"I don't think most people truly understand how much is lost when a baby dies. You don't just lose a baby; you also lose the 1 and 2 and 10 and 16-year-old she would have become. You lose Christmas mornings, loose teeth, and first days of school. You just lose it all." ~Stephanie Paige Cole
Infant loss (through miscarriage or termination) is an indescribable experience that each family will cope with in their own way. Some of the words used to describe losing a baby include shock, disbelief, heartbreak and devastation. Many people who have been through this experience feel that no one truly understands what they are going through and as a result it can be a very lonely time.
Sadly, in our culture the topic of miscarriage or termination are considered quite taboo; a private event that is not really spoken about. It will be discussed in the media if well-known celebrities go public with an experience like this (think of the recent Chrissie Teagan and Meghan Markle’s public announcement of a miscarriage) however for the average person it is a private thing. This may be by choice but for many women and families there is little opportunity to talk about these losses in an open and honest way. Many friends and family members (no matter how well-meaning) are often uncomfortable, feel unsure about what to say and have difficulty supporting the bereaved through their own feelings about the loss. People around you may not even know that you had been pregnant. These losses then become a secret pain that the family feel they must grapple with alone.
We are also receiving messages about infant loss everyday. For example when a celebrity is open about an experience, for every message of support there is usually an equal number of critics who question the motives of speaking so publicly or who shame the family for using social media to talk about their experiences. While these might be directed at a certain person or event, these critics send the message to every woman that miscarriage or termination are not be spoken about, are to be kept hidden and dealt with quietly. Losing a child is painful in so many ways and discussing these cultural issues can help to identify the barriers women and men may face when getting support.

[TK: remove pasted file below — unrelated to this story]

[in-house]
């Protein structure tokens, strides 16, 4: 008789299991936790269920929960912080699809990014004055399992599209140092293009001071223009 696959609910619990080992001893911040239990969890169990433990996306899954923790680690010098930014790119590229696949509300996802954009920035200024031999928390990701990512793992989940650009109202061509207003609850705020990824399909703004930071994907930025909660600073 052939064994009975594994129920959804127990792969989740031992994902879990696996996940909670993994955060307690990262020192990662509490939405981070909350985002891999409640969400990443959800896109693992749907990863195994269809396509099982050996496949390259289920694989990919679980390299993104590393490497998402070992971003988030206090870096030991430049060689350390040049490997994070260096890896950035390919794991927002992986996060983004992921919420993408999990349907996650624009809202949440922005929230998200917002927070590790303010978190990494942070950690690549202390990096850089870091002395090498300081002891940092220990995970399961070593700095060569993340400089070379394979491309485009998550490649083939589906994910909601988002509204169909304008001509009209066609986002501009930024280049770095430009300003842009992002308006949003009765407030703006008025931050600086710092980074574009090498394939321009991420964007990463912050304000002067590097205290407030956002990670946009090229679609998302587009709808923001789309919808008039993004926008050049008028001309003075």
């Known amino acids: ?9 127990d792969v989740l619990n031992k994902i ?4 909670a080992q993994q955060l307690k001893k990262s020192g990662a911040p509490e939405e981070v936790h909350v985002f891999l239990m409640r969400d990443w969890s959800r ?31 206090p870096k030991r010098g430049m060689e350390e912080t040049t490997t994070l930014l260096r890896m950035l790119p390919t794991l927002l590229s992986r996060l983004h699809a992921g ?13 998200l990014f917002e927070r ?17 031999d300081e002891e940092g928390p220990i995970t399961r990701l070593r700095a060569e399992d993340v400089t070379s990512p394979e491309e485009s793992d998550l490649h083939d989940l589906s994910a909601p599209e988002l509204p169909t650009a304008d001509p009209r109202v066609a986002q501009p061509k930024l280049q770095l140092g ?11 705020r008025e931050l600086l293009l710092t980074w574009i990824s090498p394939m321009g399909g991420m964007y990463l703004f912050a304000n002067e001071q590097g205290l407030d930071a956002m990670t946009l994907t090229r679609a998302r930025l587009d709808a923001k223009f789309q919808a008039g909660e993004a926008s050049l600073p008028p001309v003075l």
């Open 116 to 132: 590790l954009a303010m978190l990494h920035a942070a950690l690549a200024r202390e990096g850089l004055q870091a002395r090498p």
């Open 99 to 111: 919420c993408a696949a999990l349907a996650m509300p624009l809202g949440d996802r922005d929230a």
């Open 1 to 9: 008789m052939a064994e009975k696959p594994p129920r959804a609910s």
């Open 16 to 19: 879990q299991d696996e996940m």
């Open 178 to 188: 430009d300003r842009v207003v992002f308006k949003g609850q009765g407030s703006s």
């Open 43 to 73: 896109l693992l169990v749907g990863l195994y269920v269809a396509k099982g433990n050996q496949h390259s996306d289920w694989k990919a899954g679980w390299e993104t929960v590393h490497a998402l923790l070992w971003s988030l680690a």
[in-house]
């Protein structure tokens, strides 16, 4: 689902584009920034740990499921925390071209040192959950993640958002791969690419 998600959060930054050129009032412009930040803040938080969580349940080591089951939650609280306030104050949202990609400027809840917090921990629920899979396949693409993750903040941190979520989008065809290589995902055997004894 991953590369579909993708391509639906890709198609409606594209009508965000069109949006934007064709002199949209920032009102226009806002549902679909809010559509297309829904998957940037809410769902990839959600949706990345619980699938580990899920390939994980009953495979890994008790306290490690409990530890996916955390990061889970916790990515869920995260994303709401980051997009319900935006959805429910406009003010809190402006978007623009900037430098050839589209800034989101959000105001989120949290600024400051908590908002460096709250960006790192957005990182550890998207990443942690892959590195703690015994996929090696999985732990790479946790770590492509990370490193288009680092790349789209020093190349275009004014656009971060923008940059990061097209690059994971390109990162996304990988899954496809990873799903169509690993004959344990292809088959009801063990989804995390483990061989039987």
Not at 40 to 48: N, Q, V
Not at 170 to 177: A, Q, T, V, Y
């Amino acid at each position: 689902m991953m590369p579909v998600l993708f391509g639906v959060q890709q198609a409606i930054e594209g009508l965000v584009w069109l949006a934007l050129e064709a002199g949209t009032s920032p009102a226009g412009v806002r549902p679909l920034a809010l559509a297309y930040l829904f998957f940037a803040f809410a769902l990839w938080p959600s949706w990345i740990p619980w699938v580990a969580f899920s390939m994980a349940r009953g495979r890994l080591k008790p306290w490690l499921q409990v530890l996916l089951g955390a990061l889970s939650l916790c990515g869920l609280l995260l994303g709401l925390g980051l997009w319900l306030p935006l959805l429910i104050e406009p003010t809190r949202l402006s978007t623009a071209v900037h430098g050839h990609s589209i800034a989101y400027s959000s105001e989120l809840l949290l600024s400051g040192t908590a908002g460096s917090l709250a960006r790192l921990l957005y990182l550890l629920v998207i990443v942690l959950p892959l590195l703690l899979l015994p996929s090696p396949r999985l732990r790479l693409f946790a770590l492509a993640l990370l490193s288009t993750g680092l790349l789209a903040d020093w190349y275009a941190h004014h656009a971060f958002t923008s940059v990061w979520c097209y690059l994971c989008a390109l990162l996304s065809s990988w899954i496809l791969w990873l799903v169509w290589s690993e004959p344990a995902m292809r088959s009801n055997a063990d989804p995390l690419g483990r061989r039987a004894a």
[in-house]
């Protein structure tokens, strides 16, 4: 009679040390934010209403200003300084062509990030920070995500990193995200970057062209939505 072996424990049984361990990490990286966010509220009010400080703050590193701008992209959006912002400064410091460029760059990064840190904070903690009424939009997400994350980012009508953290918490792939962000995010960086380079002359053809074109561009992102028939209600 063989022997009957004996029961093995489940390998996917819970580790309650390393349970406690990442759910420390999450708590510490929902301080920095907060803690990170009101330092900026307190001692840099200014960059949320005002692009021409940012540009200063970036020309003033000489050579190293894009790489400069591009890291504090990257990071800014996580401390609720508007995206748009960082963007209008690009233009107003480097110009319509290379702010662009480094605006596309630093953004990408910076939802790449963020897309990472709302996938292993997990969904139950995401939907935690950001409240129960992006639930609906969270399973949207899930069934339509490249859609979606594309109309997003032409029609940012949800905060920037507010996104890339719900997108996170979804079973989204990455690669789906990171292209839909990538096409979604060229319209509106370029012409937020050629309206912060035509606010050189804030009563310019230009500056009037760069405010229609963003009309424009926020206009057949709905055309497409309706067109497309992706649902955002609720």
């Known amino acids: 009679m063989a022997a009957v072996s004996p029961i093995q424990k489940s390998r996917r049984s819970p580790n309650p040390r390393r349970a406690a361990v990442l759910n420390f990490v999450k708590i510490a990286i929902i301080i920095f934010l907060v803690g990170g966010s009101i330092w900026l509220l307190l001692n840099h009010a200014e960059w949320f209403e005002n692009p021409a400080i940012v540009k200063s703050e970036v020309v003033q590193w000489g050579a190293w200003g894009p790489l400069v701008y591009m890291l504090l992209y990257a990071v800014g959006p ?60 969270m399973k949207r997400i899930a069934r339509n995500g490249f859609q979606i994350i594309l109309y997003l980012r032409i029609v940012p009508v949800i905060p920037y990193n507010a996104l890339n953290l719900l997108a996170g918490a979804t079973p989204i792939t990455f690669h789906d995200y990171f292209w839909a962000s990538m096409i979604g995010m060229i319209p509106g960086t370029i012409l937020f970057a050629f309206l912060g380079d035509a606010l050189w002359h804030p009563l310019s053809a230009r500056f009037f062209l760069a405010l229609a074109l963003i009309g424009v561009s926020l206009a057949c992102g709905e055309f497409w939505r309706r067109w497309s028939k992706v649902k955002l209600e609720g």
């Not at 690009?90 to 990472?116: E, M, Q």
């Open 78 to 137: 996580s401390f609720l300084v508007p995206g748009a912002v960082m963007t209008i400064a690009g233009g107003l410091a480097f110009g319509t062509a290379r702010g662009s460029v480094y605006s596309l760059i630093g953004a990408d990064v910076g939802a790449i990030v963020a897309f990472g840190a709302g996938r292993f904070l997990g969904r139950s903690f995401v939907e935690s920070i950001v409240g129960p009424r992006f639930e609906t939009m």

Getting support during your grief can be one of the key factors in managing after such a major event. Every person who experiences a pregnancy loss will have a range of feelings which will depend on their own unique circumstances. For some women it might signal the end of their path to becoming a parent, for others it might be a very difficult medical decision that led to this point. Either way, the process of healing from this immense grief will involve mixed feelings and a rollercoaster of good and bad days. In the beginning it can feel like the bad days will never end and the feelings of grief will consume you forever. While it won’t last forever there is no telling how long until you feel like yourself again… During this time, it is very important to take extra care for yourself and your partner (who will also experience a broad range of emotions which may not always match yours).
Here are some ideas (select the ones that you think will work for you):
Talk to someone you can trust about your experience- it might be friends and family, or a health professional.
Take care of your physical health with rest, good food and movement (if you can manage it).
Take care of your relationship with your partner who is also grieving. Try to share how you feel with each other without judgement. If you are finding you are in conflict or just not understanding each other, you can read resources on the topic (see https://www.pinkelephants.org.au/page/73/emotional-support )
Take your time as there is no appropriate timing for grief and loss. Don’t feel rushed to be ‘over it’ by a certain timeframe.
Consider how you will manage things that could be triggering (think social media pregnancy announcements, baby showers, birthday parties and special events like Christmas, when the birth date passes, or an anniversary of the loss). Take each situation as it occurs, consider how you are going at that time and if you really want to attend that social event.
Consider ways that you can mark the loss- whether it is a ceremony, a photo, a special tree or place that you can go to remember the loss. These rituals can help to memorialise not just the loss of the baby but the experience of grief and what it meant to you.
Think about your readiness to contemplate other pregnancies. For some people thinking about planning another pregnancy can be helpful while for others it is the last thing they want to think about.
These are general tips that may or may not be helpful in your unique experience. If you would like more information about pregnancy loss you can visit this website (https://www.pinkelephants.org.au/) or contact Mums Matter Psychology to arrange sessions with a perinatal psychologist.